leadership

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Leadership

The stocks with the highest trading volume over a given period of time. Leadership may give an indication of future market movements. That is, a large amount of interest in certain stocks may mean that the market will continue to be interested in them. Leadership may be either good or bad for the market. For example, poor leadership may result from too much speculation, while solid leadership comes from sustainable investing practices. It is also called market leadership.

leadership

Leadershipclick for a larger image
Fig. 49 Leadership. Blake and Mouton's managerial grid.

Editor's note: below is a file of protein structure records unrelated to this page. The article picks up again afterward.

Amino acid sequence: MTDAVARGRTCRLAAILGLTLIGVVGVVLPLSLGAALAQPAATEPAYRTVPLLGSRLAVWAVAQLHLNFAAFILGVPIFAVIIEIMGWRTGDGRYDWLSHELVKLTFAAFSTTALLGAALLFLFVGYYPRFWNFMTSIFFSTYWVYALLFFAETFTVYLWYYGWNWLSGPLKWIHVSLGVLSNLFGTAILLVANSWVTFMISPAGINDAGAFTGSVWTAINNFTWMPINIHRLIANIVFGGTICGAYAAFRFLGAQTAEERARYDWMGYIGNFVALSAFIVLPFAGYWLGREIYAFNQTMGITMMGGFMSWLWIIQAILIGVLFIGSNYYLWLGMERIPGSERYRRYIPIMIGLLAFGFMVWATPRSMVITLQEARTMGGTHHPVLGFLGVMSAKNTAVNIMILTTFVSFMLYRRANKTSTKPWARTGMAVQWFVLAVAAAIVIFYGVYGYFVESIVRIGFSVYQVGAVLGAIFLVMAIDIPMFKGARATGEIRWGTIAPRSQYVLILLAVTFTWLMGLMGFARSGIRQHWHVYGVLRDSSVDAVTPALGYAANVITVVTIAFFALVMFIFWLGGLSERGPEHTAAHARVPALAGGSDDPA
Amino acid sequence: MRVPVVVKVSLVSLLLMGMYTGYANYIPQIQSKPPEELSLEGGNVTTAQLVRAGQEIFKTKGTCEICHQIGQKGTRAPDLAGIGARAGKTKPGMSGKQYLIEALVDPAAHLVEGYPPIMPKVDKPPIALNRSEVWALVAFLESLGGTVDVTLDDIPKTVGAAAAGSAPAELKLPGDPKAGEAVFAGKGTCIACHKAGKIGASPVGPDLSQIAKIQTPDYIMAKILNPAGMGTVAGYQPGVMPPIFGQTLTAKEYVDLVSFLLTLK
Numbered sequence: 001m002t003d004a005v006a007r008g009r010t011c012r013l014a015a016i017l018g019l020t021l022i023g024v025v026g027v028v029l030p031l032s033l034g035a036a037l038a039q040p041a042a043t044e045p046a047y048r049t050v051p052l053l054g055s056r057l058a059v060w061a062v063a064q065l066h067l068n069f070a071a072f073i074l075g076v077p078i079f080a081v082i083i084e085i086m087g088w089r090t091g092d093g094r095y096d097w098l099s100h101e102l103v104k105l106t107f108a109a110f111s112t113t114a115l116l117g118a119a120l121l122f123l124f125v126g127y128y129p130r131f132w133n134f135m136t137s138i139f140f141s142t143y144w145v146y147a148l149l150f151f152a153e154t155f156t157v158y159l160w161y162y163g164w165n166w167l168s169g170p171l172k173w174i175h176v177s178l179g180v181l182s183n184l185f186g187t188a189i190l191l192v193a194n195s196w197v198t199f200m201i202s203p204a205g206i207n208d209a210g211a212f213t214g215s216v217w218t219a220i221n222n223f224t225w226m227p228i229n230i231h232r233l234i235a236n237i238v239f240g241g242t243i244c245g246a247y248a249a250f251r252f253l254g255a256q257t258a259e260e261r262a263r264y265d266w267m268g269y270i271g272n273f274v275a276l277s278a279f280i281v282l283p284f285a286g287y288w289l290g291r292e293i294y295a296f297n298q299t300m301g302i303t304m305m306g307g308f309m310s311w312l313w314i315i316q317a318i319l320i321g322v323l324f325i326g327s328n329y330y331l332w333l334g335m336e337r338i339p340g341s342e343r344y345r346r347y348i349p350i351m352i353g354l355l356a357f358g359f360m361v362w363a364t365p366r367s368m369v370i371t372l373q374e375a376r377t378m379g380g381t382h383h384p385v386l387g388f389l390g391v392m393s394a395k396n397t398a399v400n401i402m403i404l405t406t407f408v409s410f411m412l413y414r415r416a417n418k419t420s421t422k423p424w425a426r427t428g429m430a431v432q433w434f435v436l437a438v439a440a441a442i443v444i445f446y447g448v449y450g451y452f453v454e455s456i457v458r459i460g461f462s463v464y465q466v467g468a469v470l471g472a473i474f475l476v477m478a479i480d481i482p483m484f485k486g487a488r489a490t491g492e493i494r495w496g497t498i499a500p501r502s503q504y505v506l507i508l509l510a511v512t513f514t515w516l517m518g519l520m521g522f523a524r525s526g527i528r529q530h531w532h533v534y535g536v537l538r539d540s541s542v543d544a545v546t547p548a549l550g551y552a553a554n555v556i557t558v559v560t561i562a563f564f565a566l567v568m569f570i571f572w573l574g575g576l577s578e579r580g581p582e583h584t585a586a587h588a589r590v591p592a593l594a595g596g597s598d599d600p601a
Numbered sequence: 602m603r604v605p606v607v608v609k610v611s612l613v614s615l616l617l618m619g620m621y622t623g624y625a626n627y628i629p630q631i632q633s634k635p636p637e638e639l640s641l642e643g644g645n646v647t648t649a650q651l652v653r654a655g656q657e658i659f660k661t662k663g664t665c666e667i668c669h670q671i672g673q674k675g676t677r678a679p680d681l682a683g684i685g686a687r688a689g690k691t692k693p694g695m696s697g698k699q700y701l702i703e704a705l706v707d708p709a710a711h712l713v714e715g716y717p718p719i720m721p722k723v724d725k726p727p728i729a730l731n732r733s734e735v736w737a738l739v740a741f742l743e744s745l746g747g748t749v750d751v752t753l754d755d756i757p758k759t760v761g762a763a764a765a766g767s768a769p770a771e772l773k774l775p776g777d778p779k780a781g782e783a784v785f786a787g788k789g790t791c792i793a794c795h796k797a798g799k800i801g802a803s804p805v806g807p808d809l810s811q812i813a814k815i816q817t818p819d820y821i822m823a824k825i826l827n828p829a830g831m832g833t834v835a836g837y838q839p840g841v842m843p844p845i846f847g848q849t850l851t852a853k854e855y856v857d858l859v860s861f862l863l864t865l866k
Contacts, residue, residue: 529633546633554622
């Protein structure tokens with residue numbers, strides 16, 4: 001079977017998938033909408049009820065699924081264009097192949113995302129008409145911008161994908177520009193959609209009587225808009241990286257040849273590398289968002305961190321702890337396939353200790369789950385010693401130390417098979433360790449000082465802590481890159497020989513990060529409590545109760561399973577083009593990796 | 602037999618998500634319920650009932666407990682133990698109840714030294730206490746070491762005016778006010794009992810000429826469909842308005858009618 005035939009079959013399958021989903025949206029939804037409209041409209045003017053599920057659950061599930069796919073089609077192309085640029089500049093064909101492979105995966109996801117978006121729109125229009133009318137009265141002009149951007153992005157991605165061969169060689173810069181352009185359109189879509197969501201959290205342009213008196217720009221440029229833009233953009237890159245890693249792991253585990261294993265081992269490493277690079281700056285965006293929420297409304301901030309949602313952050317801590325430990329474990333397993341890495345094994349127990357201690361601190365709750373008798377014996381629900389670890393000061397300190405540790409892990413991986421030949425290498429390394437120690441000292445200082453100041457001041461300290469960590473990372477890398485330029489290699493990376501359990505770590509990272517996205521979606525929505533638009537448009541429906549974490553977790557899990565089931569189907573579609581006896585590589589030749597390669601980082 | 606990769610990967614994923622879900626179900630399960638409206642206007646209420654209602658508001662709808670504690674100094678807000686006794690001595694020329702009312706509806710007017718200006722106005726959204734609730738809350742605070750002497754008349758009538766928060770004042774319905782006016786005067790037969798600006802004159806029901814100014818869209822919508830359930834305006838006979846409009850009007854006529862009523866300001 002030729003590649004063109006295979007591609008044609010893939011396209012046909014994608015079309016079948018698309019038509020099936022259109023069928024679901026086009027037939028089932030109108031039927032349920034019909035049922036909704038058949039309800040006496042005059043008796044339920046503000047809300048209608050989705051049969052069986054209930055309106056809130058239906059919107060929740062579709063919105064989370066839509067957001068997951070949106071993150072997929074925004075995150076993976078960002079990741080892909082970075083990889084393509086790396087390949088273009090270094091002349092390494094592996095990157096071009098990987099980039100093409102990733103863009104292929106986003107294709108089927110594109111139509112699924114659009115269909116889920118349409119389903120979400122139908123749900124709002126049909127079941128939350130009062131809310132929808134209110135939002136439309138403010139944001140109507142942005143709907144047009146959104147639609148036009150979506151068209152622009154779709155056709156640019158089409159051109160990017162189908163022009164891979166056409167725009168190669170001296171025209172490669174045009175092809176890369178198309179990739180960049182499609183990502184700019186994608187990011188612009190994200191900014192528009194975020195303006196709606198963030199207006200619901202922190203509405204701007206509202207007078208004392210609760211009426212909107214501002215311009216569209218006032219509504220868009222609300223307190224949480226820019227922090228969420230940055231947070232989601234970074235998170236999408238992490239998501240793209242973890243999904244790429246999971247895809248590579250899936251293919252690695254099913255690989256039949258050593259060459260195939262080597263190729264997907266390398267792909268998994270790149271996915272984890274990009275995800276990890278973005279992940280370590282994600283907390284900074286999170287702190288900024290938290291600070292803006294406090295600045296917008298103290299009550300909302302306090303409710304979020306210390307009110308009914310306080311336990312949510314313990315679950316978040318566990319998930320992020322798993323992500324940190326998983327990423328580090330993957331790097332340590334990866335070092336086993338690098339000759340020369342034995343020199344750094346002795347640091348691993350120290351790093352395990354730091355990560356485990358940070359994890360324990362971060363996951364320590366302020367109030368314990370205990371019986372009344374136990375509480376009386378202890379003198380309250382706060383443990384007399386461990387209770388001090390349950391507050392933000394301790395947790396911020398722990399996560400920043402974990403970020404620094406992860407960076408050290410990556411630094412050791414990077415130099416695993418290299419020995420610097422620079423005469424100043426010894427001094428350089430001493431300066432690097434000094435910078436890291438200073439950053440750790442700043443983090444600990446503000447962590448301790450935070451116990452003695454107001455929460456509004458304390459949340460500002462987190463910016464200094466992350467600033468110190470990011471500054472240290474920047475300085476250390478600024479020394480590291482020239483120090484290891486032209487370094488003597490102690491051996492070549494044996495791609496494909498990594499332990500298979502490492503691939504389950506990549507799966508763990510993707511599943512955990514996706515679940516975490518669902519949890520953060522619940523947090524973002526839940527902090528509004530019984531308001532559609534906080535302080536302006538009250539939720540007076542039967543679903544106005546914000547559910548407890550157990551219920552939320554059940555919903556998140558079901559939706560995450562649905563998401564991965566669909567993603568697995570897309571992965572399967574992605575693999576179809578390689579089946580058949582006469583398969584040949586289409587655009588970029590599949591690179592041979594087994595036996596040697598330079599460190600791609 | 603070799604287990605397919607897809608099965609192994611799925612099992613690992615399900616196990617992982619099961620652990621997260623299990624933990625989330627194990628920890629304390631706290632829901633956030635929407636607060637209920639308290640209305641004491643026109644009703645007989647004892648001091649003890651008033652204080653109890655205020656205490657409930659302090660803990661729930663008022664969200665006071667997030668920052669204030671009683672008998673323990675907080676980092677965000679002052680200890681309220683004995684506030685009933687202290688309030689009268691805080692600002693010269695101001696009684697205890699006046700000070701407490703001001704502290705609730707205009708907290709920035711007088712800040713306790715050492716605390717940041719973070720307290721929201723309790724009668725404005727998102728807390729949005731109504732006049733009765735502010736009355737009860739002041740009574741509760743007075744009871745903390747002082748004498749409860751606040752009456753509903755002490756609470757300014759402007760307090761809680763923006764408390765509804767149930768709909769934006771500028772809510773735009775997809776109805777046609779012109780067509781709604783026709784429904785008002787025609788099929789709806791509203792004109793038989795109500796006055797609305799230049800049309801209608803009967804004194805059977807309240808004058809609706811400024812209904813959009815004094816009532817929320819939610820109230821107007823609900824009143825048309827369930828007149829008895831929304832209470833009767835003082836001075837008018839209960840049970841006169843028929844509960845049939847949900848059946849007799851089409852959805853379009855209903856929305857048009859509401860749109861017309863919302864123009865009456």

leadership

the process of influencing others to achieve certain goals. Effective leadership is often seen as the outcome of leadership qualities (traits) which some people have and some do not. In this conception, leadership is often seen as an autocratic activity, and leadership qualities are thought to include strength of personality, charisma, etc. Unfortunately, research into associated traits has been unable to prove conclusively a positive relationship between aspects of personality and effective management.